He enlisted in May 2014 while still a senior at Sheridan High School in Thornville, Ohio, because he planned to go to Ohio University in Athens to wrestle. Without a scholarship, King needed a way to pay the tuition. Enlisting enabled him to do so.

Citizen-Soldiers earn benefits to help pay for education and expenses while serving their country and their community.

“My father recommended looking into the Guard to help pay for school, and I took that opportunity,” says 2LT King. “I also viewed it as a great way to serve my community and country.”

Once at Ohio, he joined the university’s Army ROTC program and was recently commissioned as a Second Lieutenant.

In early 2018, his roommate talked him into trying out for the football team — not much of a stretch since 2LT King played football in high school. His skills impressed the coaches, and he made the team as a walk-on. When an injury sidelined the starting long snapper during the first game of the season, he stepped into the position.

This year, he has the starting job and a full scholarship.

“I remember the week before the first game (last season) thinking, ‘Wow, I’m really playing (NCAA) Division I football,’” he says. “Stepping into that starting role full-time really meant a lot to me. I put in a lot of practice time during the summer, and it really paid off.”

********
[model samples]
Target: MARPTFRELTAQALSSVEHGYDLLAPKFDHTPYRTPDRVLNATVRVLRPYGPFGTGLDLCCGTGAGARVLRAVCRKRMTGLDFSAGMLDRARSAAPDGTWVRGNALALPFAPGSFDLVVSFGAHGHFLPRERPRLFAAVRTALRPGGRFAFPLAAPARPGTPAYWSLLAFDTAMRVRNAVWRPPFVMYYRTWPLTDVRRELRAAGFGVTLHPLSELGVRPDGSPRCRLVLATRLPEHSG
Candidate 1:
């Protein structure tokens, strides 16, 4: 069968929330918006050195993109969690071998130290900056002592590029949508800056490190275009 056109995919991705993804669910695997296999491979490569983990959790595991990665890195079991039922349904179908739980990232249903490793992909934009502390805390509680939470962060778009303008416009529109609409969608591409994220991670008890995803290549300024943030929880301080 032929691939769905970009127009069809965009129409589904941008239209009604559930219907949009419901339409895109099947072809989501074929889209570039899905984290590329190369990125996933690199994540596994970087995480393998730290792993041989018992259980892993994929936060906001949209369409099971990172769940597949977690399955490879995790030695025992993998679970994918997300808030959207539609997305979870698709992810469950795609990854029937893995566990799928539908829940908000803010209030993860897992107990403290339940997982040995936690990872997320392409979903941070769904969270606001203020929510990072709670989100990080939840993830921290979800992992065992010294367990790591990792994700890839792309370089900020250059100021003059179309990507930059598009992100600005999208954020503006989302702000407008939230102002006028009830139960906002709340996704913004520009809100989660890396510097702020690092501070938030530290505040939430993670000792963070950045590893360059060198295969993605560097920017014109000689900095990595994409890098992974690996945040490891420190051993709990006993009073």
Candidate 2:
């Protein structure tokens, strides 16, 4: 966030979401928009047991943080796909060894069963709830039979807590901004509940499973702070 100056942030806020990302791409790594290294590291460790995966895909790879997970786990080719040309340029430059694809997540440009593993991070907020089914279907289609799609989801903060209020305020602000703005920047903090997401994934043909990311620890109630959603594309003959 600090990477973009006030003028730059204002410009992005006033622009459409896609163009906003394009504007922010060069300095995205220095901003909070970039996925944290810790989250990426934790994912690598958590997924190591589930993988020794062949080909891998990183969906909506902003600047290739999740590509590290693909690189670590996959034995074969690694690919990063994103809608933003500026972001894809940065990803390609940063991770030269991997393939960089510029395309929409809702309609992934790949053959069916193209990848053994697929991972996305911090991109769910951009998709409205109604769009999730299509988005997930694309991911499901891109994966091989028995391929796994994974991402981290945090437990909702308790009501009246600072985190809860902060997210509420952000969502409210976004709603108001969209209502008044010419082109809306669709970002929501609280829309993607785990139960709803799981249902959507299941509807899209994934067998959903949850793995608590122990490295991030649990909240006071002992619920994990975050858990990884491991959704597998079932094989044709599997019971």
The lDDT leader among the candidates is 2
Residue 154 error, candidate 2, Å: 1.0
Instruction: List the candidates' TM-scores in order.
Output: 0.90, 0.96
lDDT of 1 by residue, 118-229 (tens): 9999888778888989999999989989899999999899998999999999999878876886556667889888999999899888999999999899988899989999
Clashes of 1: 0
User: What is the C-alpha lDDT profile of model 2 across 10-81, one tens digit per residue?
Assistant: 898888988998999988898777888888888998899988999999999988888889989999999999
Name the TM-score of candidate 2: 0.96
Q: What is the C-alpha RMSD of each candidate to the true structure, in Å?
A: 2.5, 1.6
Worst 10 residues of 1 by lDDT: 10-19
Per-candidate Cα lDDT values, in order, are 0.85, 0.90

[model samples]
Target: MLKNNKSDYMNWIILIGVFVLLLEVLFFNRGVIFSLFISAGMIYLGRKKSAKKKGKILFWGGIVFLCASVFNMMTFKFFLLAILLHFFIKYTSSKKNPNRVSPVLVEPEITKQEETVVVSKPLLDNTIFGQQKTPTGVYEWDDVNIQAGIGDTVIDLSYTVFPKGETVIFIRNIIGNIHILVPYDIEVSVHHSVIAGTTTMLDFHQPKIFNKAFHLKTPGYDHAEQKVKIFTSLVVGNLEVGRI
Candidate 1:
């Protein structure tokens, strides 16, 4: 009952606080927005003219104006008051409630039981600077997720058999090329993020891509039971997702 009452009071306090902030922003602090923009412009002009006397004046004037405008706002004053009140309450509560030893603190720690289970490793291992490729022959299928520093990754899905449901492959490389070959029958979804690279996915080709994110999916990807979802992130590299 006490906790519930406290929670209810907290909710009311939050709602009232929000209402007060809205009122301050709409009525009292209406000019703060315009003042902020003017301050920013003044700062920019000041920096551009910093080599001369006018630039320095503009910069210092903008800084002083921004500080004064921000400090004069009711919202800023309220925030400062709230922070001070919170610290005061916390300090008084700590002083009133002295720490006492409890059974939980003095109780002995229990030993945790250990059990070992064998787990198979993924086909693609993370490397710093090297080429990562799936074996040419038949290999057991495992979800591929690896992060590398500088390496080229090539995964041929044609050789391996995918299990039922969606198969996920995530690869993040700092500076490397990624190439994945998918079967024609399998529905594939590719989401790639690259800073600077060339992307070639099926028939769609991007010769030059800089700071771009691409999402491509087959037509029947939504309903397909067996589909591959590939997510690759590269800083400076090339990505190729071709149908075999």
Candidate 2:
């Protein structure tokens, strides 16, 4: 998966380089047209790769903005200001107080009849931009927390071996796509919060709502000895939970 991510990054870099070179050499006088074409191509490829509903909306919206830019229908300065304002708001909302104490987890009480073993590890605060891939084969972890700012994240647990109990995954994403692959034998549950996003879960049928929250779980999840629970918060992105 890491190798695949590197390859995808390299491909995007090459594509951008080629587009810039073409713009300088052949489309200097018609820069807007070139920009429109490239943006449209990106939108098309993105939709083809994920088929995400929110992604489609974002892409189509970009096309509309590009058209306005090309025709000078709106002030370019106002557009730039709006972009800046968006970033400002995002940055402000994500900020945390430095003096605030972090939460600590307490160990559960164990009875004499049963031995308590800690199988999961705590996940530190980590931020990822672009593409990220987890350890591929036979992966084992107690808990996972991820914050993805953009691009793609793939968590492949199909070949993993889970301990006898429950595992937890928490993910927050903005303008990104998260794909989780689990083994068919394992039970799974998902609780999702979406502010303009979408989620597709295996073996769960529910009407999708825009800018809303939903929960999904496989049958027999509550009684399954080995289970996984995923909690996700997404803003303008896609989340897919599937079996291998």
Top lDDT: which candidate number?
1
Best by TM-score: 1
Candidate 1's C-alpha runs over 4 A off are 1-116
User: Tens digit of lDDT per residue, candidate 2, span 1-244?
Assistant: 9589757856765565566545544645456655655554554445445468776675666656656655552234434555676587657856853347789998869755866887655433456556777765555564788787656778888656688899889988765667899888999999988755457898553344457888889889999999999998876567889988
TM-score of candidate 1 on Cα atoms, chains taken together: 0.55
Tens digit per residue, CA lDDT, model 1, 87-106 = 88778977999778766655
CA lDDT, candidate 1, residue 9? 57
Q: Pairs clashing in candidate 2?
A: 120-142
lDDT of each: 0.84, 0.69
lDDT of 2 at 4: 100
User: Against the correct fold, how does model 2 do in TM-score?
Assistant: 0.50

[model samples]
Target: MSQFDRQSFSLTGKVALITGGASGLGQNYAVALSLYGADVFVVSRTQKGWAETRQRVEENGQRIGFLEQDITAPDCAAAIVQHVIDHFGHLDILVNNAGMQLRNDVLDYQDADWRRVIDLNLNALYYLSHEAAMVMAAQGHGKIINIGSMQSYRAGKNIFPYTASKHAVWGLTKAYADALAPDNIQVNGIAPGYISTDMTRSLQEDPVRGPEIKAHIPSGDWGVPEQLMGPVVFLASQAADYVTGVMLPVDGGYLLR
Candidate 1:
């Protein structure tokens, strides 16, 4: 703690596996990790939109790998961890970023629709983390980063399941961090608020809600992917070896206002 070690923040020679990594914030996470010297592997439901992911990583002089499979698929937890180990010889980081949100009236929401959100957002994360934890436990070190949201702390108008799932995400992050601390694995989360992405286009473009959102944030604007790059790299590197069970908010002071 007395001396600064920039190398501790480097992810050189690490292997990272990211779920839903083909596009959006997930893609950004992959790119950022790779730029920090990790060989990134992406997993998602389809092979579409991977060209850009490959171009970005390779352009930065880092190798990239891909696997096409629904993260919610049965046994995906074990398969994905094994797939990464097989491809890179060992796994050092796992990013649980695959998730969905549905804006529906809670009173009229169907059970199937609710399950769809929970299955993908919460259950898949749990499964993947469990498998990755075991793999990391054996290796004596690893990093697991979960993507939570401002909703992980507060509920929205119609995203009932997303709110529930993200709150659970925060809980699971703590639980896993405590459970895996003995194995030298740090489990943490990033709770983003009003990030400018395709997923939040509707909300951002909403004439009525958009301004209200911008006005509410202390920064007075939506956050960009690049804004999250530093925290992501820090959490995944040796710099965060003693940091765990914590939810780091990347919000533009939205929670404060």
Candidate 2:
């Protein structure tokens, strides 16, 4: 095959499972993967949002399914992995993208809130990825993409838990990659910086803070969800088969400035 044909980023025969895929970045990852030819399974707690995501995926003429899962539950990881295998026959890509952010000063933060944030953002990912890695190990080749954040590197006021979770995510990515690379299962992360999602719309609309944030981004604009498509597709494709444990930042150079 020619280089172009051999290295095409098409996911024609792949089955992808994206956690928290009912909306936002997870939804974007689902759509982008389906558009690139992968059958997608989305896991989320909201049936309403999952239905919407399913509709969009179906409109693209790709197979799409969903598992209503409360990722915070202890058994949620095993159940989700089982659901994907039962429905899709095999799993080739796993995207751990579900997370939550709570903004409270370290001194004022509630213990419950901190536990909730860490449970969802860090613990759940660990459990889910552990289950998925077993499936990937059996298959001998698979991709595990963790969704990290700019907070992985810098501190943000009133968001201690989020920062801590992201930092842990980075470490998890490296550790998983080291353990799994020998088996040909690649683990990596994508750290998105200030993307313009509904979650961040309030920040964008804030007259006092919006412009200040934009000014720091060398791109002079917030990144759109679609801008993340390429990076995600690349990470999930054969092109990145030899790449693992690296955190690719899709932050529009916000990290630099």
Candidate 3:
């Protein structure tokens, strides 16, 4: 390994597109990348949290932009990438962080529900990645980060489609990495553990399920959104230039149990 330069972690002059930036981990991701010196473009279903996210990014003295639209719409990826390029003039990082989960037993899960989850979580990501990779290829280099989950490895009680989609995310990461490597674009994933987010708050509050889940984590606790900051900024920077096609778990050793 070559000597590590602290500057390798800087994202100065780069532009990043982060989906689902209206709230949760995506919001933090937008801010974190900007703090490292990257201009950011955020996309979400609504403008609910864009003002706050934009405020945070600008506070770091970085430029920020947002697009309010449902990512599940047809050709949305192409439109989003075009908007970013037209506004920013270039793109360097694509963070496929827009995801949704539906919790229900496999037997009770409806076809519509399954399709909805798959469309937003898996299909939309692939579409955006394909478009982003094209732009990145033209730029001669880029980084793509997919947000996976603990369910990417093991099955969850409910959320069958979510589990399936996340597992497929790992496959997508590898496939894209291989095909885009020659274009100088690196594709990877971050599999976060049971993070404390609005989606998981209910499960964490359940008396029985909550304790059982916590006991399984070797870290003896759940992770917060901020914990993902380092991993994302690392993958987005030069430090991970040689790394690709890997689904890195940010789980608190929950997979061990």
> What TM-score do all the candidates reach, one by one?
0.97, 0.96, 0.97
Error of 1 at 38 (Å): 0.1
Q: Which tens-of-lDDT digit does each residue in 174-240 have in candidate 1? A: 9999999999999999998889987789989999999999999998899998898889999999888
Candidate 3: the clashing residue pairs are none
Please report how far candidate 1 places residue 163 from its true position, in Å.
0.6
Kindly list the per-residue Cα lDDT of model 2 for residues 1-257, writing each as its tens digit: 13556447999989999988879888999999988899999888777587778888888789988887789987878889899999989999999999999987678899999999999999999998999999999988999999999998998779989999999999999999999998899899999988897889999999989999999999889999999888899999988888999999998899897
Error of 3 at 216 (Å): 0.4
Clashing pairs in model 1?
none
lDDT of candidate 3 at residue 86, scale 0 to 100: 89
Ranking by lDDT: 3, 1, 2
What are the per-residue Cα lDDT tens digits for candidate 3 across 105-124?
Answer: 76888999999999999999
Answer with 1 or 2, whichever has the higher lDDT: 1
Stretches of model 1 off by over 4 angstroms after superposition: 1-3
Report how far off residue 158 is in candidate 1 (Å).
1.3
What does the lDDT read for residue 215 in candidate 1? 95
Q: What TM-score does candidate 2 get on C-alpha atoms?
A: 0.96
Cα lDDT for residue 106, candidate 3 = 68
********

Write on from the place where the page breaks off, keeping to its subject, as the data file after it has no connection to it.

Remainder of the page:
2LT King graduated with a bachelor’s degree in health service administration in December 2018, and he’s on target to earn his master’s in coaching education. Next on his list of goals is to attend the Field Artillery Basic Officer Leader Course and play in the NFL.

Meanwhile, 2LT King continues to balance life as a Soldier and student-athlete, to be the best warrior-athlete he can be for both of his teams.

“I think there are a lot of great lessons and values the military can give you to help prepare you to be a student-athlete,” he says. “Working together as a cohesive team in the military to accomplish a task or mission can be directly carried over to sports, to help lead and bring teammates together to work toward the common goal we have of being conference champions and successful on the national scale.”

2LT King also credits his military experience for giving him the tools to handle time management and prioritize tasks.

His experience may have influenced his younger brother, Chance, who also enlisted. His brother, a Private First Class, earned recognition as a distinguished honor grad after completing basic training. He’s now at Advanced Individual Training to learn skills for his job as a 14G Air Defense Battle Management System Operator.